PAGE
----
Harmonies are a delicate thing. You’re asked to sing a part, maybe not the part you’ve been practicing for years, perfectly in tune and exactly in time with the lead singer, who might have a totally different style than you do. Then, the producer changes a note or two again, and expects you to sing it perfectly – in tune and in time, but with this new note (or two). The consonants have to happen together, the volume too. Gruelling. AND you don’t get any of the glory…. We added Mary Simpson this morning, a long-time friend of mine, with whom I used to sing in Ottawa. In fact, she was on my very first recording, way back in 1985! She did a lovely job, adding some harmonies on Buzzing at the Bee, Panguitch and Quilt of Belonging. She was done by 12:30.
Then it was John’s turn: just because he finished his lead vocal on “Two Peas in a Pod” on Friday, doesn’t mean he was finished. He has harmonies on Panguitch, Duncan’s Cove, Dance Beneath the Moon and Treat it Right. I added a couple more things – kazoo on Buzzing at the Bee (of course!!) and another harmony on Treat it Right.
At 3:30 we started mixing. If we didn’t, I think you’d get cross with us. There would be this cacophony of sound without focus, everybody playing at the same time at the same volume. It would sound like a live show, without the visuals. You wouldn’t know who to look at!
I talked a bit about the mixing process last night, but I’ll tell you what Paul was doing today. Each track (each separate microphone that we used to record) has a different instrument on it. One, for example, is the snare drum. Paul has an equalization capability on each track, and uses it to boost or diminish various parts of the sound to make it sound better, or fit the track. For example, if the acoustic bass is too “growly” or “boomy” for one of the songs, Paul can go in and make it sound sweeter (to a point). We do this on stage too, when we use a sound system, but not nearly so precisely. Then he decides what kind of echo or reverb that track should have, and how much. Then he decides on where that track should be placed, if you were to listen to the music with your headphones on. Usually, the lead vocal is in the middle of your head (ie, equally out of both speakers), and the other instruments are variously panned to the left or right, either just a little bit, or a lot. In this way, you can almost surround yourself with the music when it’s playing – it feels like you’re standing in the middle of the band!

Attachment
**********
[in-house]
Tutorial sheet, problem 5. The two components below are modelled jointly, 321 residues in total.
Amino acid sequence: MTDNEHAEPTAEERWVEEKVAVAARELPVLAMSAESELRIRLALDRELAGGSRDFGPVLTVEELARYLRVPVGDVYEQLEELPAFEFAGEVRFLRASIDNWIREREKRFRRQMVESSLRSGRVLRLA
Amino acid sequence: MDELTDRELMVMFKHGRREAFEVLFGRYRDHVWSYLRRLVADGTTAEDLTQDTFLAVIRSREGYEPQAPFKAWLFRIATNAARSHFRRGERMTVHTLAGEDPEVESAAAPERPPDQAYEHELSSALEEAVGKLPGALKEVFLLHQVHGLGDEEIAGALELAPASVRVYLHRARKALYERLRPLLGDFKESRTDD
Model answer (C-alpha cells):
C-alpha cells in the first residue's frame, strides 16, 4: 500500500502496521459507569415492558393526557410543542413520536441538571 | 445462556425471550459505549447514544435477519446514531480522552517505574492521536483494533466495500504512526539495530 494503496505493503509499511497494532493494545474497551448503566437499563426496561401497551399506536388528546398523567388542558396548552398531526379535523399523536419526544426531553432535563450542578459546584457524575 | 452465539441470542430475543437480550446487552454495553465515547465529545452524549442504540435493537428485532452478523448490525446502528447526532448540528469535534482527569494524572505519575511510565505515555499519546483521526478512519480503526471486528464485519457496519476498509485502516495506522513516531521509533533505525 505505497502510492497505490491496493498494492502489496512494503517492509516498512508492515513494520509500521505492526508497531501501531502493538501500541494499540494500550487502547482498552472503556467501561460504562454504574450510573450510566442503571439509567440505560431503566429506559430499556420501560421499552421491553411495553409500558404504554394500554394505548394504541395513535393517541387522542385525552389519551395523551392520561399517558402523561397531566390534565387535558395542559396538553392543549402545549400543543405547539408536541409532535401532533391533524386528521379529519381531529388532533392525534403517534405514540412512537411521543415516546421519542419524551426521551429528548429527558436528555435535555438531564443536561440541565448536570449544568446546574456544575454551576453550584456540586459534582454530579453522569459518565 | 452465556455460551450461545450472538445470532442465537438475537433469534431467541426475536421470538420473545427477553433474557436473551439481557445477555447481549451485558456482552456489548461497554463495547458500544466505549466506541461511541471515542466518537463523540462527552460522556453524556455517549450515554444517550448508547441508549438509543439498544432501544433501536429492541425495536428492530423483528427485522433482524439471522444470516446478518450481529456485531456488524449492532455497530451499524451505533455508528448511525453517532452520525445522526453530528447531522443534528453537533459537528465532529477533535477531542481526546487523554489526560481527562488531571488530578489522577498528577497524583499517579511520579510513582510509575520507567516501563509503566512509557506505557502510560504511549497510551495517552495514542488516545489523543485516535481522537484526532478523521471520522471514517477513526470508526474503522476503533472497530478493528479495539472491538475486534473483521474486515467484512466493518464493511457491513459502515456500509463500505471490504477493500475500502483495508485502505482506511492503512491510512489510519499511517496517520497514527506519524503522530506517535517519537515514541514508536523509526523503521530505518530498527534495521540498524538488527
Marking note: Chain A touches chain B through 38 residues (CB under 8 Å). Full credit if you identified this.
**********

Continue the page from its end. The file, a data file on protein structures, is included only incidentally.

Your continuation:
We had to decide which saxophone/fiddle/clarinet tracks to use. Usually, we asked the performers to give us three or so different tries on their parts, and we needed to choose which parts will be on the final. We listen to all the choices in each part of the song, and decide which one we like the best, and put them together on one track.
The voice parts get put through “pitch correction”. (but not very much, really…..!!!) The pizzicatto violin/cello parts get lined up so they are all playing at exactly the same moment, with the guitar. Paul decides how to fade the song at the end. Then he records the mix on his console so he doesn’t have to do the moves himself. That includes keeping the quiet notes I sang as part of my “interpretation” pushed up in volume so we can hear them, so he’s always riding the vocal volume during the mix. Once it’s all put into the machine, the whole song is mixed and recorded onto the computer.
At the end of an album, I often get two CDs: one with the music, and one with all the saved mixing moves, just in case we wish to revisit any of our decisions later. That way, we don’t have to re-invent the wheel.
Today, from 3:30 to 6pm we mixed 2 songs: Martha (the African one) and Little Crazy Quilt (the title track). That’s really quick. There are two more days of this, and we may or may not get all the songs done in that time. Tonight I’m to decide which songs I really need to be present for, and which ones I trust to Paul after I get home.
That’s all for tonight! I’ve got some more embroidering to do!